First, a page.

Myers-Briggs In-Depth: Energizing: Introversion vs Extraversion – Part I

by Ron

MeyersBriggsIn-Depth

This function is responsible for more misunderstandings and confusion than any of the others. At least that’s my observation.  This is why I always spend more time on understanding this function when I’m working with teams.

There are some very natural dynamics in place here that often sabotage our ability to balance this function in team meetings. Team meetings are, by definition, extraverted affairs.

“Why did we call you all together for this team meeting? To talk!”

So right off the bat, team meetings are designed for and often run by extraverts. Even if the team meeting leader or facilitator happens to have a preference for introversion, the extraverted crowd often takes over the dynamics of the meeting without even realizing it or intending to do so.

Let me start with the introverts (which we seldom do in team meetings). I often ask one question of my introverts in team meetings “How often have you left a meeting and as soon as you walk out that door right there (pointing to an exit door) do you think to yourself,

  • I wish I had thought of that.
  • Oh, now I know what Sue was getting at.
  • I wish I could have gotten a word in edgewise because I’ve really given some thought to this issue.

In one form or another every introverted thinker says “All the time.” “Every meeting.” “Often.”

Missing Half the Brain Power

Isn’t that interesting that we called a meeting, brought all of the high powered and high priced brains into the room together to solve a problem or come up with an innovative approach and yet because of the dynamics of the meeting process we let half that brain power walk out of the room without ever hearing their ideas or taking advantage of their well thought ideas. What a loss!

Introverted Energy

Why does this happen? Remember that this is our Energizing function. Our extraverts gain energy from the conversation while our introverted partners get energized by reflective thought and a moment of quiet. Because our team meetings are naturally extroverted environments, our extraverts come in with the goal to get the conversation started and keep it going (adding energy all the way) from:

  • the brainstorming (information gathering divergent stage) right though
  • the prioritizing (consolidation of ideas into a few good options convergent stage) right up to and through
  • the decision making phase.

Meanwhile, unless our Introverted thinkers have a moment to reflect and gather their thoughts and re-energize between these three phases, they:

  • lose energy
  • drift away
  • give up on getting their thoughts injected and will even dig in their heels and try to halt or delay the decision making phase if they
  • haven’t had sufficient time to get on top of their thoughts through all of the conversation.

Bringing Balance

So how do we get on top of this function and bring the balance required to get the best out of both types of functions? The easiest and most profound approach is to define and separate the phases of a meeting. All meetings in one form or another have three phases:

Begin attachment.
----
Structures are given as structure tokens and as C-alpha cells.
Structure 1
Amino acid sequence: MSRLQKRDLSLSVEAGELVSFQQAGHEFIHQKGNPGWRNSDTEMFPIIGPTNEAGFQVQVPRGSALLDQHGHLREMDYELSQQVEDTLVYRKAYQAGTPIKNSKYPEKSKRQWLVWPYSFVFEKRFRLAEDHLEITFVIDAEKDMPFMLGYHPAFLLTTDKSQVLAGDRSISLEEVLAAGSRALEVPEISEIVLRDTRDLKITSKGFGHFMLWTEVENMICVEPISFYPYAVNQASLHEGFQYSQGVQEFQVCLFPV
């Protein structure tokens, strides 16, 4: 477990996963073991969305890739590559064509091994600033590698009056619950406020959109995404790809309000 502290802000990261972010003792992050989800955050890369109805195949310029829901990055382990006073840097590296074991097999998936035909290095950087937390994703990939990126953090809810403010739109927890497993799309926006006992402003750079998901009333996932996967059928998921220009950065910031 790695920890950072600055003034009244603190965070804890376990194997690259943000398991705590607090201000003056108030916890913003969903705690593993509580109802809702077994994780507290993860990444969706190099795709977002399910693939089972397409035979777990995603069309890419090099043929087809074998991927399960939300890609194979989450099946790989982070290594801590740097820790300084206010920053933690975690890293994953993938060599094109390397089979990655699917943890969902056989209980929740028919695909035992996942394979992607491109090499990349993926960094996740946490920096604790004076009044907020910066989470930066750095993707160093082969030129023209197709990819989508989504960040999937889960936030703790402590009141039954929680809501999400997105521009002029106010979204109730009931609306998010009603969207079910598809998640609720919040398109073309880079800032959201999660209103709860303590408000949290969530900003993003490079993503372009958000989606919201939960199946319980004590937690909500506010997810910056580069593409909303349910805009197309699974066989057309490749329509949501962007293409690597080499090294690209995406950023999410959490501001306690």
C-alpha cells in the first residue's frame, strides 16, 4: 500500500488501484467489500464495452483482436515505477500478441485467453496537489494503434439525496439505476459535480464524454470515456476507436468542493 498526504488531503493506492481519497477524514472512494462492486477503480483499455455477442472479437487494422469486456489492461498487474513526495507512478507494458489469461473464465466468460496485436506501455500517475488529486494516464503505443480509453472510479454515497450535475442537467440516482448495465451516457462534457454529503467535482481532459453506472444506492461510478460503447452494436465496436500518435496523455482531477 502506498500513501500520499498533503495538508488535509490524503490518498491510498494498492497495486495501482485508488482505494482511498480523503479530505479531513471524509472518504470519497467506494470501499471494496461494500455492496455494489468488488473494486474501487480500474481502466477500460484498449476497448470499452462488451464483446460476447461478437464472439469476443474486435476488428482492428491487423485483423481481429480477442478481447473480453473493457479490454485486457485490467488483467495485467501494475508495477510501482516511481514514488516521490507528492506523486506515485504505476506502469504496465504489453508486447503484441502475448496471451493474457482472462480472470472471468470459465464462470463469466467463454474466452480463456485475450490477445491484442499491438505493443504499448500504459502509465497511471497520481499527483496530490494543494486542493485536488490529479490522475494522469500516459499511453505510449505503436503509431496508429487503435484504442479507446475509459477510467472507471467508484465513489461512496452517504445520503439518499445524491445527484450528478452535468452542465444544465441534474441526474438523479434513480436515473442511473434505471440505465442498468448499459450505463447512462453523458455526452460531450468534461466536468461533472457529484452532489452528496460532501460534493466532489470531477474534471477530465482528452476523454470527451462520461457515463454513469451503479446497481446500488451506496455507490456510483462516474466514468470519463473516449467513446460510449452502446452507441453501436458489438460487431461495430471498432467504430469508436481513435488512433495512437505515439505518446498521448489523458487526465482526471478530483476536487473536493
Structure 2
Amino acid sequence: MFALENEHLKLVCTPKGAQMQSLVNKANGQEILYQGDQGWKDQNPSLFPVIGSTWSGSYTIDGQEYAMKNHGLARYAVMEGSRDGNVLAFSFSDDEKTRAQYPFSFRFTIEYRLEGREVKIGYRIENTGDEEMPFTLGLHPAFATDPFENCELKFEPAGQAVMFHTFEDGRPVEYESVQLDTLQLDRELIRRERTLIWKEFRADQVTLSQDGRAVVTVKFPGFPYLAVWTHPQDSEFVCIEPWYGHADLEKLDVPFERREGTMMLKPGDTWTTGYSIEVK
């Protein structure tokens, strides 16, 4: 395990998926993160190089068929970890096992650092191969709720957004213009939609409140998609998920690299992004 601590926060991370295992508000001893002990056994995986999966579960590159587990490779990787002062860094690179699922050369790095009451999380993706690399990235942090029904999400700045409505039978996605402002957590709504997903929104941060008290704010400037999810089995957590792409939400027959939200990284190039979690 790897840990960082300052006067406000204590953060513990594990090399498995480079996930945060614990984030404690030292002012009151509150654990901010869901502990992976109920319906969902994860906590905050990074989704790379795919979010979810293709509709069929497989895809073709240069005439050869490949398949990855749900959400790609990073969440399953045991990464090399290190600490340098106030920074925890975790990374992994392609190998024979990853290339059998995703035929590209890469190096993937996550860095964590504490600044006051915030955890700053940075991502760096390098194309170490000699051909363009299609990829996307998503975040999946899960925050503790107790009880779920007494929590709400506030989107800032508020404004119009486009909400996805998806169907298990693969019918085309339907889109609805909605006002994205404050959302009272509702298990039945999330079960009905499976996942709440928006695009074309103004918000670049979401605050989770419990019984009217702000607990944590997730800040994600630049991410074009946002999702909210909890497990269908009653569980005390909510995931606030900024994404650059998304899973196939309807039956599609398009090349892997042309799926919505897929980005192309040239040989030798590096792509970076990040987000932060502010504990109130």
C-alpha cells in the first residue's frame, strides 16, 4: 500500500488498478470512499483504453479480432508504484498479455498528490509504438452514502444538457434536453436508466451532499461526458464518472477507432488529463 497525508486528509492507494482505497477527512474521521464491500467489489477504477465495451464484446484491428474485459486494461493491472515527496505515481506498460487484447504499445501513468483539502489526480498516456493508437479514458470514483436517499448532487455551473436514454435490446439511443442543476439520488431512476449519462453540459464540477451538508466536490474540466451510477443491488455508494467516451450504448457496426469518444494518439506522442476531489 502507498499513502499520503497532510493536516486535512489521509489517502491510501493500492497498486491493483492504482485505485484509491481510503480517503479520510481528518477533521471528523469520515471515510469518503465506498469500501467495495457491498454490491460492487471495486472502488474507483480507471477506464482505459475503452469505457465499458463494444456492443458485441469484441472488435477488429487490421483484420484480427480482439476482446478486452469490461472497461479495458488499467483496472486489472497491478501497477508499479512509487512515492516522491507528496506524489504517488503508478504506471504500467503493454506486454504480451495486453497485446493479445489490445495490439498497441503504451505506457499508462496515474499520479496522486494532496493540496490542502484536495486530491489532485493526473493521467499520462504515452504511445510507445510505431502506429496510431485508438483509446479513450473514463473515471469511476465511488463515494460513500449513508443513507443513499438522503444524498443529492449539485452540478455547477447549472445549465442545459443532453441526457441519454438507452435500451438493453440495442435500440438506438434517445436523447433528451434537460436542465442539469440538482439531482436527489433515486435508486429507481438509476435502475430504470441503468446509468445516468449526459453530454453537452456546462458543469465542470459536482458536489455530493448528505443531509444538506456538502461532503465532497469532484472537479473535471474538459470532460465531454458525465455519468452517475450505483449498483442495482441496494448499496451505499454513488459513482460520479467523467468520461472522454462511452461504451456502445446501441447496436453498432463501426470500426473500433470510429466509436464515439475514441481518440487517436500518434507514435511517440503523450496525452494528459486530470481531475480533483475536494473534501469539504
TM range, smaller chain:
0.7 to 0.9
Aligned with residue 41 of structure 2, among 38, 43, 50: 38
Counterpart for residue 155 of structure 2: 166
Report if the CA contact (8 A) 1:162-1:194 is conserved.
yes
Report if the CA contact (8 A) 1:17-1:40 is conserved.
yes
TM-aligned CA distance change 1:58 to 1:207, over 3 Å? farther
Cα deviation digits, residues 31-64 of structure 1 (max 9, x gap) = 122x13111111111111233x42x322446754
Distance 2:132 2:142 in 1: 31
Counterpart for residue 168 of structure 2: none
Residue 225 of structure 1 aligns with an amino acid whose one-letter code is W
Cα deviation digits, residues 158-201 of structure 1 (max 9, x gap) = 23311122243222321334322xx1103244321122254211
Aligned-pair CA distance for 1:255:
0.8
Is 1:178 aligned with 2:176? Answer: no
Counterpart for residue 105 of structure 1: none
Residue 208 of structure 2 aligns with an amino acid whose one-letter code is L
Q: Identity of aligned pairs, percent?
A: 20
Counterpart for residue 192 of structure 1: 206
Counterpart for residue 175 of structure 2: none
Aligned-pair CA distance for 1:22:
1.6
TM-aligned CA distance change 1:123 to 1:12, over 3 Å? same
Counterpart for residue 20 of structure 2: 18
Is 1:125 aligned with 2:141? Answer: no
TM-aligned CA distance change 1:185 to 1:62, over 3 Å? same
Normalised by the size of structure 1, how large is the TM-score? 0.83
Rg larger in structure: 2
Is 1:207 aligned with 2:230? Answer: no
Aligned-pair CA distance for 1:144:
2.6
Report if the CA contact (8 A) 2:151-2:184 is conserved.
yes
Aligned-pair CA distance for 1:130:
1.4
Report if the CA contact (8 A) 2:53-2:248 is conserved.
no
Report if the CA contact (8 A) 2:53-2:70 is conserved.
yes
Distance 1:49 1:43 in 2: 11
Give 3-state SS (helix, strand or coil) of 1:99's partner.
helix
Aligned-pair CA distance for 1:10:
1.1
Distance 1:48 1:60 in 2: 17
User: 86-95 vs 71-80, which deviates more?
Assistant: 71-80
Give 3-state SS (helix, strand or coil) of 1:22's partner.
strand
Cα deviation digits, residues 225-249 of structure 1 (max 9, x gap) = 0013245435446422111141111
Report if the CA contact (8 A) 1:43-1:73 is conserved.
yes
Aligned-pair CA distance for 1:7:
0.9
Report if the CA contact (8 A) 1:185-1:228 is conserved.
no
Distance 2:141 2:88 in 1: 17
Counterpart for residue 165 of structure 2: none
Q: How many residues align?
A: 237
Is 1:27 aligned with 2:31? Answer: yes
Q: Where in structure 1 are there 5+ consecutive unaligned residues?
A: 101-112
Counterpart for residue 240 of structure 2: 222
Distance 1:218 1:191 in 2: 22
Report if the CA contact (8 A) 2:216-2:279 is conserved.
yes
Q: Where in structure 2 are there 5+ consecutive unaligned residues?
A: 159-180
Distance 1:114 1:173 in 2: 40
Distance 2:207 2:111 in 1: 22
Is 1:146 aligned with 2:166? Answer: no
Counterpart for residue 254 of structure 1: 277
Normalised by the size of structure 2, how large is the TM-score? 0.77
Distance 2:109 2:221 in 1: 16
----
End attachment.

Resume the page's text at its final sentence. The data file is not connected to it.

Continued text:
1. Brainstorming, idea gathering, learning and understanding divergent phase
  2. Prioritizing – consolidation of ideas, narrowing down potential options convergent phase
  3. Deciding

Image Source: Quinn Dombrowski, Creative Commons

Let’s Keep Talking

As we stated earlier the extraverted types would prefer that we keep talking right though all three phases non-stop because that feeds their energizing needs. However, by simply separating the phases of the meeting with a brief pause for reflection and thought between each stage we allow our introverted partners to get re-energized through the process.

In coming blogs we’ll discuss many of the techniques that will help balance the functions between extraverted and introverted as well as the other functions on the Myers-Briggs chart.

Extroverted or Introverted?

Do you know if you’re extraverted or introverted? It’s not just about talking or enjoying yourself at parties. It’s about your energy. What gets your juices flowing? How do you grapple with difficult issues or problems or decisions that must be made? Do you need to engage in conversation or after the conversations do you need to withdraw and reflect, think, contemplate what was discussed?

Share with us some of your experiences from both side of this equation. What do you wish the other preference type would understand about how you get energized?


Myers-Briggs In-Depth is a blog series in which I dive into each MBTI function with more detail, providing some practical applications for creating better dynamics and better decision making. Click here to read the entire series.
Interested in an overview of each of the four Myers-Briggs functions? Click here to read the Using MBTI to Great Advantage series.

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Energizing: Extraversion vs Introversion – Part II - Team Leadership Culture March 2, 2015 - 10:08 am

[…] part I of our discussion of Extraversion and Introversion and the misunderstandings that can occur between […]

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